Dr. Charles Beaupre, Canadian Co-Director; Maria Pan, Chinese Co-Director; Susan Summerby-Murray, Saint Mary's President Rob Summerby-Murray; Dr. Eric Henry, incoming Canadian Co-Director; Dr. Guo, Zhaoyang incoming Chinese Co-Director

Dr. Charles Beaupre, Canadian Co-Director; Maria Pan, Chinese Co-Director; Susan Summerby-Murray, Saint Mary's President Rob Summerby-Murray; Dr. Eric Henry, incoming Canadian Co-Director; Dr. Guo, Zhaoyang incoming Chinese Co-Director

Today was a celebration of global connections between Saint Mary's University and our partner institutions in China, notably Xiamen University. 

 Maria Pan receives a gift of appreciation from President Rob Summerby-Murray

Maria Pan receives a gift of appreciation from President Rob Summerby-Murray

The University hosted a fond farewell for outgoing Co-Director of the Confucius Institute at Saint Mary's University, Maria Pan.  It was also a time to welcome her successor, Dr. Guo, Zhaoyang,  who has arrived on campus.  At the luncheon today, hosted by President Rob Summerby-Murray and his wife Susan, members of the Confucius Institute gathered with colleagues from Saint Mary's University, the Chinese Society of Nova Scotia and local business leaders.

"The success of the Confucius Institute at Saint Mary's is a testament to the long-standing connection between Saint Mary's and Xiamen University in China," said Rob Summerby-Murray. "The support from Xiamen and from Hanban has been greatly appreciated. Under the direction of Maria Pan, the Chinese Co-Director, the cultural exchange and community engagement has grown by leaps and bounds. "

President Summerby-Murray went on to note that Maria Pan has been a Co-Director for six and a half years, a demonstration of her strong leadership and the considerable accomplishments under her tenure.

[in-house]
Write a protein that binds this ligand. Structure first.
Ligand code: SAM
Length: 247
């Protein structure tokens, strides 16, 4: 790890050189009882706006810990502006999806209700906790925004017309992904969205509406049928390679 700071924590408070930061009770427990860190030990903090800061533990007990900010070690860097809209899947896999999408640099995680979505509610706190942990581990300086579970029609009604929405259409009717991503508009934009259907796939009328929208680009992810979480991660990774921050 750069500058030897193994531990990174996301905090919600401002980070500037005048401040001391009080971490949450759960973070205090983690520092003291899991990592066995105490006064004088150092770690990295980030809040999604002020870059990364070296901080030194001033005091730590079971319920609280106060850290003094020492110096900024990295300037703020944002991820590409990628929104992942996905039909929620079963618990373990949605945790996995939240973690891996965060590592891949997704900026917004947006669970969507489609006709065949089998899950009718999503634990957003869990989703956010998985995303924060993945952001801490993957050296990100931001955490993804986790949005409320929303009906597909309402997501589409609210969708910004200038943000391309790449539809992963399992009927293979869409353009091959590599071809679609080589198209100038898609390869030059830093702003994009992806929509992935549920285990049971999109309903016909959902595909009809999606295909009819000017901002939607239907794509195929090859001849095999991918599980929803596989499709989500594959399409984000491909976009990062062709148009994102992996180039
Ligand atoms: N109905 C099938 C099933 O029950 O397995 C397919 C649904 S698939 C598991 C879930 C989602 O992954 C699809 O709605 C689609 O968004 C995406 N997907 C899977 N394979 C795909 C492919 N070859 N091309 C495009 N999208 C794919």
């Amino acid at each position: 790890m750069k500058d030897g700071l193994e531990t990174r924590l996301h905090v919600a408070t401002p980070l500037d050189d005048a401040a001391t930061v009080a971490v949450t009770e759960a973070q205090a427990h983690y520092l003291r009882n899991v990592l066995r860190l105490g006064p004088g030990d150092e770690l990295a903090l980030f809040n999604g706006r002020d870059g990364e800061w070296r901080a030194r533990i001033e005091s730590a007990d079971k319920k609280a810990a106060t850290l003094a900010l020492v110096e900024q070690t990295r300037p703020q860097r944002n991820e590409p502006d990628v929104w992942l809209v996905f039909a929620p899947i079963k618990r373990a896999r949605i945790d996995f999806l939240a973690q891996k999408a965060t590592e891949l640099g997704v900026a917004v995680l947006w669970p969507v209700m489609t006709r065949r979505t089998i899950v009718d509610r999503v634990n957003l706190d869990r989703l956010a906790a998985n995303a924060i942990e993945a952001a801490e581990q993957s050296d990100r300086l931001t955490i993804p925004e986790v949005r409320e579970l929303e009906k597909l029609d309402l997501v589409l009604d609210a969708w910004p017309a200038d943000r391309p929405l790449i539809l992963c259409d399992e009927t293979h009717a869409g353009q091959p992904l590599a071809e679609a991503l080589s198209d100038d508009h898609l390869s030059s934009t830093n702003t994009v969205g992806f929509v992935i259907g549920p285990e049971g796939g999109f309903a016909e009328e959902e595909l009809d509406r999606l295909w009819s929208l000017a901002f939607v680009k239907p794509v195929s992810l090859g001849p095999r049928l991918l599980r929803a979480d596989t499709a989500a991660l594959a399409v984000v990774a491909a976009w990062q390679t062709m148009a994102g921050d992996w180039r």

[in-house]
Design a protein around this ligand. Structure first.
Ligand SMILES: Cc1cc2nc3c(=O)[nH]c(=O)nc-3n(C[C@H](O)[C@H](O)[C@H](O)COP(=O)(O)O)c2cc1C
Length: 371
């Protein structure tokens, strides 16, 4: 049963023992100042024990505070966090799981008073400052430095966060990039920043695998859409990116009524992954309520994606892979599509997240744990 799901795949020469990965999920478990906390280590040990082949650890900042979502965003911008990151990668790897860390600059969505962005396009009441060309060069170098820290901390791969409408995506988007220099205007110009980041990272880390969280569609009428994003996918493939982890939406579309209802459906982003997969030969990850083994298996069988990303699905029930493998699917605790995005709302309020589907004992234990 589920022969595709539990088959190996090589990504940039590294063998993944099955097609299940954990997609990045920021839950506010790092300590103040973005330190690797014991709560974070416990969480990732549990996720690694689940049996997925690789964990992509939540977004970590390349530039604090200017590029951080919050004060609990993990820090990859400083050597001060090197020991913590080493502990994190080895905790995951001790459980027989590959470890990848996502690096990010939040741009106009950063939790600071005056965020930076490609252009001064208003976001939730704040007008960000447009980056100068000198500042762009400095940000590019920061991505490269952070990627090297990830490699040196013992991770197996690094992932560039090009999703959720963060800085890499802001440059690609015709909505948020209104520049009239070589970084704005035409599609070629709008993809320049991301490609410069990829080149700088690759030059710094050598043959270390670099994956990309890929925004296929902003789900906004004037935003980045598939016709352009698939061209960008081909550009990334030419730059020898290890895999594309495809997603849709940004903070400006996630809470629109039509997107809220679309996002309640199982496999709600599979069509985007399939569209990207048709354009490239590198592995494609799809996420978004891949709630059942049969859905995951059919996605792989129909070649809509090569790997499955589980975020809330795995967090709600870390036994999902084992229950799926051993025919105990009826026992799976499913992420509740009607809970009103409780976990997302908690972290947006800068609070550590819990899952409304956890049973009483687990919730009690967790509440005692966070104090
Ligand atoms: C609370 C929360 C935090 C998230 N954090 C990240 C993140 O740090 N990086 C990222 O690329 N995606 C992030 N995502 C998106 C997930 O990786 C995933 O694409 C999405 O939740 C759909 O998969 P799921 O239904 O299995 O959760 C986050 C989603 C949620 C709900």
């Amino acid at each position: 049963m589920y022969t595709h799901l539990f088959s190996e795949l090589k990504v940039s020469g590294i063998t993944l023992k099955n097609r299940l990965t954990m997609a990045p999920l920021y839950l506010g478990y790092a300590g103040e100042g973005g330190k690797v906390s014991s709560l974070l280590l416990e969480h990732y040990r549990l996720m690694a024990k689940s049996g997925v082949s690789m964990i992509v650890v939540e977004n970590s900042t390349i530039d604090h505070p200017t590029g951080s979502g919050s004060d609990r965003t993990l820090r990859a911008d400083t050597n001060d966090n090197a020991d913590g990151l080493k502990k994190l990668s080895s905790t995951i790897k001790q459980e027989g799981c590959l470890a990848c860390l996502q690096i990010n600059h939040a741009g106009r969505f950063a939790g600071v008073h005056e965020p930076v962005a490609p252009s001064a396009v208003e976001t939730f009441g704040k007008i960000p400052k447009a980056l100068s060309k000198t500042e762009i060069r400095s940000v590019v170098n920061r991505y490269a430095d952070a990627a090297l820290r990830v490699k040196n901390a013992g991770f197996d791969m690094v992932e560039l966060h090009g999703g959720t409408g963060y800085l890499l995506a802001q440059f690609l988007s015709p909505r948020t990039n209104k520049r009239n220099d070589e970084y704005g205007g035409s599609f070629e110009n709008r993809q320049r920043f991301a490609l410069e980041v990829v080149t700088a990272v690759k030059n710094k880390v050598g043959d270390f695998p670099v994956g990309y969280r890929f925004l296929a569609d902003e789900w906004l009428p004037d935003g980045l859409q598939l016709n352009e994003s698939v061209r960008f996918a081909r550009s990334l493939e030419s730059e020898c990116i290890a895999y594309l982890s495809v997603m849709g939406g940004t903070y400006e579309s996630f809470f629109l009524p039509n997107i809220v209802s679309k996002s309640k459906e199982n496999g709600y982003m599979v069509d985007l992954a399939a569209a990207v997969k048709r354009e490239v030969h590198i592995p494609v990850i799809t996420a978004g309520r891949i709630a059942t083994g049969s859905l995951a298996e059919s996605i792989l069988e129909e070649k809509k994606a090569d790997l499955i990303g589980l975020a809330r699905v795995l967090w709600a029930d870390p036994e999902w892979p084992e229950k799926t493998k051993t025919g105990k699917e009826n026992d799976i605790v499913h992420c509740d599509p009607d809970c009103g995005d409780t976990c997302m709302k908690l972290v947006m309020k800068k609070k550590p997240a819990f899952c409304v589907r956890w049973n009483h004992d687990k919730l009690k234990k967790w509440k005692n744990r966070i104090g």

Today also marked another transition as outgoing Canadian Co-Director Dr. Charles Beaupre and the university community welcomed Dr. Eric Henry into the role of Canadian Co-Director.

Conflict resolution team heads to Northern Ireland

  Saint Mary's President Dr. Robert Summerby-Murray (front-left),   SMUSA President   Ossama  Nasrallah (second-centre), with the Saint Mary's University Conflict Resolution Society, and their Senior Program Coordinators

Saint Mary's President Dr. Robert Summerby-Murray (front-left), SMUSA President Ossama Nasrallah (second-centre),with the Saint Mary's University Conflict Resolution Society, and their Senior Program Coordinators

A record-setting team of 28 Saint Mary’s University students representing a cross-section of undergraduate and graduate students within the faculties of Arts, Science and Commerce are departing today for Northern Ireland to facilitate peace education workshops.